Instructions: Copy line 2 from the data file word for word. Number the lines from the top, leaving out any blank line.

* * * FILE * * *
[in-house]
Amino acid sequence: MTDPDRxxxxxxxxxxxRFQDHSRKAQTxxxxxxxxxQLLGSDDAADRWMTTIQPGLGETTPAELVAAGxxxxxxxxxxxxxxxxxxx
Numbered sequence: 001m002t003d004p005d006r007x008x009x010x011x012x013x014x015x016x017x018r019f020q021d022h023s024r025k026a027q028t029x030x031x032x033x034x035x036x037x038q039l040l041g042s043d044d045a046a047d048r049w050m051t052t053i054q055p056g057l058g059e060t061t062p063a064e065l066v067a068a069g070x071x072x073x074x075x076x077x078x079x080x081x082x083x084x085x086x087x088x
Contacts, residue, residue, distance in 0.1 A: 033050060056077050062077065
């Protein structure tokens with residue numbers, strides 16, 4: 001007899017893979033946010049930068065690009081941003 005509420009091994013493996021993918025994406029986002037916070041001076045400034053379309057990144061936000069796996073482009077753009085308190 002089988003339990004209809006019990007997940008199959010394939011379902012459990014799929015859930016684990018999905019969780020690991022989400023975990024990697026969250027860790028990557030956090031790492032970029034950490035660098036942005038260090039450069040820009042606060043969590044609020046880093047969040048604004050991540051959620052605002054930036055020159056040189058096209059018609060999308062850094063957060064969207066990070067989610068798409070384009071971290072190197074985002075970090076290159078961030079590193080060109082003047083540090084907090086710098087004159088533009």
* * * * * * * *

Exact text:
Amino acid sequence: MTDPDRxxxxxxxxxxxRFQDHSRKAQTxxxxxxxxxQLLGSDDAADRWMTTIQPGLGETTPAELVAAGxxxxxxxxxxxxxxxxxxx